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Ivey recommending GF, ETF spending increases; no sales tax decrease on groceries this year


MONTGOMERY, Ala. – Alabamians won’t see another decrease in the state sales tax on grocery items this year as growth in many of the state’s revenue streams decline.

The “sugar high” of record state revenues and federal COVID-19 cash infusions is ending and growth is returning to more normal patterns, Alabama lawmakers were told Tuesday, the first day of the annual legislative session. 

“The flattening is underway,” said State Finance Director Bill Poole about state revenues.

The Education Trust Fund is expected to grow by less than 2% in 2025, Kirk Fulford, deputy director of the Legislative Fiscal Office, told legislators.

In the ETF, one of the largest sources of income is the state sales tax. Lawmakers and Ivey shaved the tax on most store-bought food items from 4% to 3% this past fall. They also said the tax would be reduced to 2% in September 2024 “if the average of estimated growth” for total ETF revenues for fiscal year 2025 is at least 3.5% higher than fiscal 2024.

Poole also agreed the second cut won’t happen this year, but could in subsequent years if revenues in the ETF increase.

Meanwhile, in the General Fund, which supports non-education state entities, revenue growth is expected to flatten later this fiscal year and potentially decline in 2025. 

That’s because the General Fund in the last year has relied on income from high-interest rates on state deposits. Meanwhile, the state has had more American Rescue Plan Act money in the bank as it doles it out to various projects. When federal interest rates drop, likely later this year, and that ARPA money is spent, that revenue pool dries up.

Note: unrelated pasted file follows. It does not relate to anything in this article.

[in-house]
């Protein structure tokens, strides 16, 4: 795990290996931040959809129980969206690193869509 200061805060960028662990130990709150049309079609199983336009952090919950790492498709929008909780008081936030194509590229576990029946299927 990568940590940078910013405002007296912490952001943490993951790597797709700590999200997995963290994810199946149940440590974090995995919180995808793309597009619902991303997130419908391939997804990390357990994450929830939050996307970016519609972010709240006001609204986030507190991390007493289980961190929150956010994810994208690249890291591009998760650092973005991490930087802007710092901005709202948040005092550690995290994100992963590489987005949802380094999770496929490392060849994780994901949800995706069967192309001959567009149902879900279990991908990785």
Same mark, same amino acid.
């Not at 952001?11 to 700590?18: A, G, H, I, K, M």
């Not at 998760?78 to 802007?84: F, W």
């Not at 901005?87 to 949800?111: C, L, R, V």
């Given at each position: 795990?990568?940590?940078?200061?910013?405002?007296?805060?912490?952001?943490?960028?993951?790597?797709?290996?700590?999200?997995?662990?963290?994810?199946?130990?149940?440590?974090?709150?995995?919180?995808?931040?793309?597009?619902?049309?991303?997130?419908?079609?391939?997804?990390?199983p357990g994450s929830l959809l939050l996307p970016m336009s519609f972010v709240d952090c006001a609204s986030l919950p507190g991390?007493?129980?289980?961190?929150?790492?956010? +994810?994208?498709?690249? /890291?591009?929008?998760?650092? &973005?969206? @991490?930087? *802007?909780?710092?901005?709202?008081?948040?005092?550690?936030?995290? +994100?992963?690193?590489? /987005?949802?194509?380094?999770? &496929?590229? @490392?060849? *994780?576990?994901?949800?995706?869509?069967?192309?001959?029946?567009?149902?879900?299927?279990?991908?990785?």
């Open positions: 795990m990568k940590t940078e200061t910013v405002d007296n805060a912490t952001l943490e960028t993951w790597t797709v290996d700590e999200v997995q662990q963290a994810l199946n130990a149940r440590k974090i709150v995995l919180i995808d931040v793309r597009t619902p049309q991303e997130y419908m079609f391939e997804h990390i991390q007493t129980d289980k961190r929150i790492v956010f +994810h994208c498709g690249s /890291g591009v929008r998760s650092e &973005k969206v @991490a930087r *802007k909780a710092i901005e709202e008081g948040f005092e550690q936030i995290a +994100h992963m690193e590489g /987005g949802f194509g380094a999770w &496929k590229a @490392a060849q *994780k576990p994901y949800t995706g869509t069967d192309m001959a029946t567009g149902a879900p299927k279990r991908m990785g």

“It’s keeping me up at night,” Fulford told lawmakers about the pending decrease in the fund that has accounted for all the 7.5% growth in the General Fund so far this year.

Kirk Fulford, deputy director of the Legislative Fiscal Office, outlines the state’s finances during a budget hearing.

Gov. Kay Ivey is proposing a $3.3 billion General Fund for 2025, an 8.16% increase. Her education spending proposal is $9.3 billion, a 6% increase. It’s Ivey’s proposals lawmakers will modify during the 15-week session.

Those increases are possible because lawmakers previously haven’t spent all available funds, giving themselves an economic cushion going into 2025. Supplemental spending bills, which are one-time spending appropriations, are expected for both budgets this year.

Poole said Ivey’s spending priorities in the General Fund include one-time capital needs, state employee compensation, Medicaid and the Alabama Department of Corrections. On the education side, priorities include education savings accounts, the expansion of which would allow more families to take public funding to private schools, and school security.

Outside of the education budget, about $1.7 billion in one-time spending is available in the Advancement and Technology Fund. Allocated based on school and college population size, the money can be used for a limited list of expenses, including capital and technology projects, insurance and security improvements. The money can’t be spent on personnel.